Summer fall spring winter: Season Definition: When Do They Start?

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Every season actually begins twice—here’s why

Every three months, a new season begins—twice. 

Spring creeps in like a lion on March 1, and then again a few weeks later with the equinox. Likewise, some people welcome the arrival of summer on June 1, while others celebrate it a few weeks later with the solstice. So who is right about when the seasons begin and end?

It depends on why you’re asking. Seasons are defined in two ways: astronomical seasons, which are based on Earth’s position as it rotates around the sun, and meteorological seasons, which are based on annual temperature cycles. Both divide the year into spring, summer, fall, and winter—yet with slightly different start and end dates for each. Here’s what they mean and how to tell them apart.

What are astronomical seasons?

People have always looked to the skies to determine the season. Ancient Rome was the first to officially mark those seasons with the introduction of the Julian calendar. Back then, the seasons began on different days than the modern era because of discrepancies with the Gregorian calendar used primarily today. Now, the start of each astronomical season is marked by either an equinox or a solstice.

Equinoxes are when Earth’s day is split almost in half. They occur every six months in the spring and fall, when Earth’s orbit and its axial tilt combine so that the sun sits directly above the Equator. On an equinox, roughly half the planet is light while the other half is dark. As the new season progresses, the sun’s position continues to change—and, depending which hemisphere you live in, the days will get progressively lighter or darker until the arrival of the solstice.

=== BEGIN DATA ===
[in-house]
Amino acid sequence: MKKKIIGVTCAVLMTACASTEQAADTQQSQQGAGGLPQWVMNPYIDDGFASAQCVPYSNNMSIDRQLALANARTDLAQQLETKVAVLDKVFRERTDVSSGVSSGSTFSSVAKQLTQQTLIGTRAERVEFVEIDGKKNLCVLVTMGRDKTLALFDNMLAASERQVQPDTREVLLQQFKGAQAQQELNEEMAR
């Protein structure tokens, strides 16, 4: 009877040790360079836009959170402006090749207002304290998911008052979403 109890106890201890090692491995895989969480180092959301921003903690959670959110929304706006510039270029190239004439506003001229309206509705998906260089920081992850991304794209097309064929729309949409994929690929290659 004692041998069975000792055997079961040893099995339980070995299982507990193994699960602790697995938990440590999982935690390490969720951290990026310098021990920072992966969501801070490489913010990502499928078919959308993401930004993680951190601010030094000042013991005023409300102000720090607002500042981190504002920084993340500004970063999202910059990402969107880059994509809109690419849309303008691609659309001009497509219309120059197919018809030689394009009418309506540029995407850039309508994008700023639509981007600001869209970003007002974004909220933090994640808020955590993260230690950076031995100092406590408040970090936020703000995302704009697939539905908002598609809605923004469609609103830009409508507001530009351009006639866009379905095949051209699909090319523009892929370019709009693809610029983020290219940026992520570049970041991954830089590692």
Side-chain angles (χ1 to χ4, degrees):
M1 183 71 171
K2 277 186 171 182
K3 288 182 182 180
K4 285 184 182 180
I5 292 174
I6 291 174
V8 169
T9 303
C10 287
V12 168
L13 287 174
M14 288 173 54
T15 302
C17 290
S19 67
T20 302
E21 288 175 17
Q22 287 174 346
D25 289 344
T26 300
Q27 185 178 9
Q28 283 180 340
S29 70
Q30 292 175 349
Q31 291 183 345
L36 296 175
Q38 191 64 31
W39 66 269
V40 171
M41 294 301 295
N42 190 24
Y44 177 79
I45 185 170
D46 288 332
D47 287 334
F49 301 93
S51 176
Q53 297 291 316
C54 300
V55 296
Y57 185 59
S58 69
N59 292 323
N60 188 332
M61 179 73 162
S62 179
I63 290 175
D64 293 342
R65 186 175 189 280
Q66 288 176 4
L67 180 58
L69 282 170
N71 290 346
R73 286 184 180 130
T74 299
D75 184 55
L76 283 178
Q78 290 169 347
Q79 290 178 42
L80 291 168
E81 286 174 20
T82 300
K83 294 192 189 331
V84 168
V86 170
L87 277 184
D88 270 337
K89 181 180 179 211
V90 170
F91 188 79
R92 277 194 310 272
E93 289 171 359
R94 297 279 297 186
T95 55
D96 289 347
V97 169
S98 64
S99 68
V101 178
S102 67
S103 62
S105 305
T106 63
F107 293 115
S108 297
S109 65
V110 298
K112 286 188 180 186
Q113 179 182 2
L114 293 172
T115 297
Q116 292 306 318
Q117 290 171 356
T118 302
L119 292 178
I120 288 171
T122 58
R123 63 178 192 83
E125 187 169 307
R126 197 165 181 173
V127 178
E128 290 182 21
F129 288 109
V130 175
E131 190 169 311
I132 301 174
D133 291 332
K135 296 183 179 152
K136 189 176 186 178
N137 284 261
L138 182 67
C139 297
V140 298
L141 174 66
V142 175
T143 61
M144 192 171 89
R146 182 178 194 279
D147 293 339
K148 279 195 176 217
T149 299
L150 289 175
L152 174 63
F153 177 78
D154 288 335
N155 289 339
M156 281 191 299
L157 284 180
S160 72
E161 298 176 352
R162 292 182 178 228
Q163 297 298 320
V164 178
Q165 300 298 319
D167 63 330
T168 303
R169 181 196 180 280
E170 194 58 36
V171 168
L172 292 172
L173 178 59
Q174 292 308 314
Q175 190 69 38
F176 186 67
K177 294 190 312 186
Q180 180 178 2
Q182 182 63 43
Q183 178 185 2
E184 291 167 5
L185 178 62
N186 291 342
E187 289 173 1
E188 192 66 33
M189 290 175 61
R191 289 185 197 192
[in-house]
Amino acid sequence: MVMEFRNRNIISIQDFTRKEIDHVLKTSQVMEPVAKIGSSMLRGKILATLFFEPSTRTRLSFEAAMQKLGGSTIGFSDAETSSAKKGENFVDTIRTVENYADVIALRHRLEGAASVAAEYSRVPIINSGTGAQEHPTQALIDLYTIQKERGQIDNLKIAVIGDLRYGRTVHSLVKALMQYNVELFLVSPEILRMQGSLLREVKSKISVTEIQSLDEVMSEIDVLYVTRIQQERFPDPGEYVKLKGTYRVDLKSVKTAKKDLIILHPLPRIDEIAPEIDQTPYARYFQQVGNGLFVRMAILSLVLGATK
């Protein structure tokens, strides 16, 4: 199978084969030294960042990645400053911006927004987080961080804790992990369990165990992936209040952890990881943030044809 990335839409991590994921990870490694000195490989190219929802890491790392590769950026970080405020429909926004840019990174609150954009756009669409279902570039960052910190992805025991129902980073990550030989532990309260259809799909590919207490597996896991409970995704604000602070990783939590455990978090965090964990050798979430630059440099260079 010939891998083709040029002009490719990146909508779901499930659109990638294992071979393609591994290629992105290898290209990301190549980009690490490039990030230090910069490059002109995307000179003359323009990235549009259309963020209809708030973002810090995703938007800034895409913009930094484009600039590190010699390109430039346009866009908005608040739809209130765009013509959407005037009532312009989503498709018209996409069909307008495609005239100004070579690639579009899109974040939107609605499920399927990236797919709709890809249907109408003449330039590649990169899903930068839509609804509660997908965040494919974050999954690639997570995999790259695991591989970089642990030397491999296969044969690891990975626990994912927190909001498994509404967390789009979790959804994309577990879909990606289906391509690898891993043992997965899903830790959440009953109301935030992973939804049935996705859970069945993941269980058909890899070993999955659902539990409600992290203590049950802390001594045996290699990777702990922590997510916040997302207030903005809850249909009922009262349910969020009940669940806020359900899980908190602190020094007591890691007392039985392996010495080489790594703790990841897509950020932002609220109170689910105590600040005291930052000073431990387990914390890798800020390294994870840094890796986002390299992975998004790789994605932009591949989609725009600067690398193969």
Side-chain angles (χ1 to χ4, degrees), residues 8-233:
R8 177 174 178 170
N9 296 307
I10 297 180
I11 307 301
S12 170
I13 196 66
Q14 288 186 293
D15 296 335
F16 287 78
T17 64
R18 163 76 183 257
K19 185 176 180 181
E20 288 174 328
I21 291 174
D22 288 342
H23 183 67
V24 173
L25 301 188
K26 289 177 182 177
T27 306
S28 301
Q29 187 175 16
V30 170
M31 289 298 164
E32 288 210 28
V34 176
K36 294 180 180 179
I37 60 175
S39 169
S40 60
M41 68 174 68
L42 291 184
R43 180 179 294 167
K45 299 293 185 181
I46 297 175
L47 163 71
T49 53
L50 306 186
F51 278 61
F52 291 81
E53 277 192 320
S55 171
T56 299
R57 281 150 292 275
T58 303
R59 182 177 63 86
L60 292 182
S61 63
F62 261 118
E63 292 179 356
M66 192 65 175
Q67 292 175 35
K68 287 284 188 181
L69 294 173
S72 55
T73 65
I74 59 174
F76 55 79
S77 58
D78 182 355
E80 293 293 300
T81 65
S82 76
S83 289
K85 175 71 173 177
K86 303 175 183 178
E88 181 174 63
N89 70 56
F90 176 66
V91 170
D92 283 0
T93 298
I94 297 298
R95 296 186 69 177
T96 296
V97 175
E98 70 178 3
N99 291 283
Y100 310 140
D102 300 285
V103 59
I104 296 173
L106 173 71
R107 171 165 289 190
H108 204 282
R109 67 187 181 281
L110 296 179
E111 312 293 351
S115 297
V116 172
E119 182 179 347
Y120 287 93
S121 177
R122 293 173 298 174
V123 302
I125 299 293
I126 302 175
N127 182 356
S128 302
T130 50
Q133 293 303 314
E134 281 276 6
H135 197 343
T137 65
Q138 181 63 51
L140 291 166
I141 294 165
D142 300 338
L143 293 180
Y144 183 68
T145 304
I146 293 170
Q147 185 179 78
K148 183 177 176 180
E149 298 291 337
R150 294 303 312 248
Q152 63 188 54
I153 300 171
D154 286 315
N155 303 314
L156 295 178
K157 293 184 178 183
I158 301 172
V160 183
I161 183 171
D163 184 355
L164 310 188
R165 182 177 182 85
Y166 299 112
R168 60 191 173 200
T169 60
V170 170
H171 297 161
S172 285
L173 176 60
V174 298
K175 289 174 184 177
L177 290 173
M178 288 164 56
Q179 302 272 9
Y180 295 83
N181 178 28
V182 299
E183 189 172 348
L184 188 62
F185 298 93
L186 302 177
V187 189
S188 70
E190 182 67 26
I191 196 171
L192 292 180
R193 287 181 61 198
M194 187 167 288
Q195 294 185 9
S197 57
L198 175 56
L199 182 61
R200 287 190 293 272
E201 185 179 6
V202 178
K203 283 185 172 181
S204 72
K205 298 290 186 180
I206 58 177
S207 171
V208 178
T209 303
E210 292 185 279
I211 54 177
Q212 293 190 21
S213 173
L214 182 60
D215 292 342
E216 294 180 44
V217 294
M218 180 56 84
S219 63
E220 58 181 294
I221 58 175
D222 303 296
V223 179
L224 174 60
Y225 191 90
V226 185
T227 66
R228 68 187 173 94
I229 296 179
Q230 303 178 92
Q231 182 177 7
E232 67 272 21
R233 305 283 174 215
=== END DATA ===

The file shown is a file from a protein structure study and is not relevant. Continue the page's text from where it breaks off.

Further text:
Solstices mark the brightest and darkest days of the year. They are also driven by Earth’s tilt and mark the beginning of astronomical summer and winter. When the Northern Hemisphere is tilted toward the sun, it is brighter and feels like summer—while, at the same time, the Southern Hemisphere is tilted away from the sun, plunging it into a dark winter.

But this method of measuring the seasons presents some challenges. The solar year is approximately 365.2422 Earth days long, making it impossible for any calendar to perfectly sync with Earth’s rotation around the sun. As a result, astronomical seasons start on slightly different days and times each year—making it difficult to keep the climate statistics that are used in agriculture, commerce, and more. That’s why weather forecasters and climatologists turned to meteorological seasons instead.

What are meteorological seasons?

Since at least the 18th century, scientists have sought better methods of predicting growing seasons and other weather phenomena. Over time, that gave rise to the concept of meteorological seasons, which are more closely aligned with both annual temperatures and the civil calendar.

Meteorological seasons are far simpler than astronomical seasons. They divide the calendar year into four seasons that each last exactly three months and are based on the annual temperature cycle. Winter takes place during the coldest three months of the year, summer in the hottest three months, and spring and fall mark the remaining transition months.

In the Northern Hemisphere, that means the start date for each season is March 1 (spring), June 1 (summer), September 1 (fall), and December 1 (winter). In the Southern Hemisphere, the seasons are reversed; spring begins in September, summer in December, fall in March, and winter in June.

The consistency of meteorological seasons allows meteorologists to make the complex statistical calculations necessary to make predictions and compare seasons to one another. “Dealing with whole-month chunks of data rather than fractions of months was more economical and made more sense,” climatologist Derek Arndt told the Washington Post in 2014. “We organize our lives more around months than astronomical seasons, so our information follows suit.”